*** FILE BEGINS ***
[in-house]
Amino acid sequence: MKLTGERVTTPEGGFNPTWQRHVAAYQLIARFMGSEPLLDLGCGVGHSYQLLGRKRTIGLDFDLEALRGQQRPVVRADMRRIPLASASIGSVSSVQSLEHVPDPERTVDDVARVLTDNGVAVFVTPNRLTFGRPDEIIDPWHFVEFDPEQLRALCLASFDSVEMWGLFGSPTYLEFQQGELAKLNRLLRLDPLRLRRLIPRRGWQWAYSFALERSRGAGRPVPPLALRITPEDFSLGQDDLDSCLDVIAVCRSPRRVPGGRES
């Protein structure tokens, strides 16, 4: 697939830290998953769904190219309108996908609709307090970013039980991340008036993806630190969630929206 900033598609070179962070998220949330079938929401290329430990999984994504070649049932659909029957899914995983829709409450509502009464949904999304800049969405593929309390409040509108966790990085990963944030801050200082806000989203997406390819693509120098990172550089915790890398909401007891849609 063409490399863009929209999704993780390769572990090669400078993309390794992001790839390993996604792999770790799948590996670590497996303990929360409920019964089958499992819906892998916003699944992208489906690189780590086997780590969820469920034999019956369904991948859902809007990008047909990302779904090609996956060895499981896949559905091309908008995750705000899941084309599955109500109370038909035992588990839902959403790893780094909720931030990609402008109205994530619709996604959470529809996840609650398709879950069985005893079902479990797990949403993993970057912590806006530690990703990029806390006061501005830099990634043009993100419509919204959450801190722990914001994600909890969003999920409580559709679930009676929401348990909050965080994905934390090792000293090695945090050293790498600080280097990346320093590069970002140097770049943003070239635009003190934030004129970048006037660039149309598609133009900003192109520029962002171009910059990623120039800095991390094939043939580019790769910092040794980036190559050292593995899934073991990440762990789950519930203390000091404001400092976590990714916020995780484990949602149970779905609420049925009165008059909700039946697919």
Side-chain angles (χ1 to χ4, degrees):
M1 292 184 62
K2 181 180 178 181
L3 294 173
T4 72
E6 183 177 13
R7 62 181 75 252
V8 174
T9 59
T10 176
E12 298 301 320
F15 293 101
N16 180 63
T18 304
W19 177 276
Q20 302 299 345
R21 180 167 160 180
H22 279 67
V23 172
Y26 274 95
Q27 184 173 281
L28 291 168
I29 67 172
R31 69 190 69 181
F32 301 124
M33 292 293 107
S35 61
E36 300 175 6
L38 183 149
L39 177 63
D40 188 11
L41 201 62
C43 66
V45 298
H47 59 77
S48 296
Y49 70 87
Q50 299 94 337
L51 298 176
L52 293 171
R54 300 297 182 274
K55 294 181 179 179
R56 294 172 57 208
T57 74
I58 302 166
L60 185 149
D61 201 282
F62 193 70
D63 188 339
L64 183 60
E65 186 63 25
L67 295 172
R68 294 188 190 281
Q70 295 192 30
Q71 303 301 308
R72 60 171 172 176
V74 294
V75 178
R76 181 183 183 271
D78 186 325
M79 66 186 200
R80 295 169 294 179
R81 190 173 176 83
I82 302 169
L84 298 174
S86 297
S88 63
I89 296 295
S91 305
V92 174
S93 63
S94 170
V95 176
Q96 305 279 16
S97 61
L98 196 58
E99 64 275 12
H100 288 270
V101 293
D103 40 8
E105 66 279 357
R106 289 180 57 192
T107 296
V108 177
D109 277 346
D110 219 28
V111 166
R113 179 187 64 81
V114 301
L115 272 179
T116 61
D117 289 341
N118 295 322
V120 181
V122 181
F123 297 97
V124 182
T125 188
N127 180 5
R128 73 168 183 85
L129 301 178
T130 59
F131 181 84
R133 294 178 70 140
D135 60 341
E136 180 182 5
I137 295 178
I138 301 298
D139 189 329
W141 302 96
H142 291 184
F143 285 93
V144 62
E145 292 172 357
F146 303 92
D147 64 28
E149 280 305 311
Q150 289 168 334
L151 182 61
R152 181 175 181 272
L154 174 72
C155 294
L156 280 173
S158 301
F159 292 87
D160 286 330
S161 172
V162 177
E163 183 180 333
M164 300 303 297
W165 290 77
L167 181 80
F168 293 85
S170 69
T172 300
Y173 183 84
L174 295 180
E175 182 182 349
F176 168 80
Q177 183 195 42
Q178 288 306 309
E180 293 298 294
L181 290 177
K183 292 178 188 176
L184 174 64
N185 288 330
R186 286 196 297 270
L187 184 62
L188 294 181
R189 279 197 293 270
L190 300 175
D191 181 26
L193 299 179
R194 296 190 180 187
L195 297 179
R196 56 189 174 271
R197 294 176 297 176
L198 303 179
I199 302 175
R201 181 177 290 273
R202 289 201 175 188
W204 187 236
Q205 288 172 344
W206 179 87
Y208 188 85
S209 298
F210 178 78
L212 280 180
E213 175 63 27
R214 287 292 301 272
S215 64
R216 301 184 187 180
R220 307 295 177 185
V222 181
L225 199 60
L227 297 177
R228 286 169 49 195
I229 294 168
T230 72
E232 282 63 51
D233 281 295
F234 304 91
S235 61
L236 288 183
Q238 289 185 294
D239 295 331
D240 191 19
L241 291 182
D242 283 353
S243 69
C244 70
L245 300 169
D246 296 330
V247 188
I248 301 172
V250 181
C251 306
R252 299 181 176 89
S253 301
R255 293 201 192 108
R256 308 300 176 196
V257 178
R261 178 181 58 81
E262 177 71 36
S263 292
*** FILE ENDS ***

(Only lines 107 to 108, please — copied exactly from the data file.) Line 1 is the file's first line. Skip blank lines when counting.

R133 294 178 70 140
D135 60 341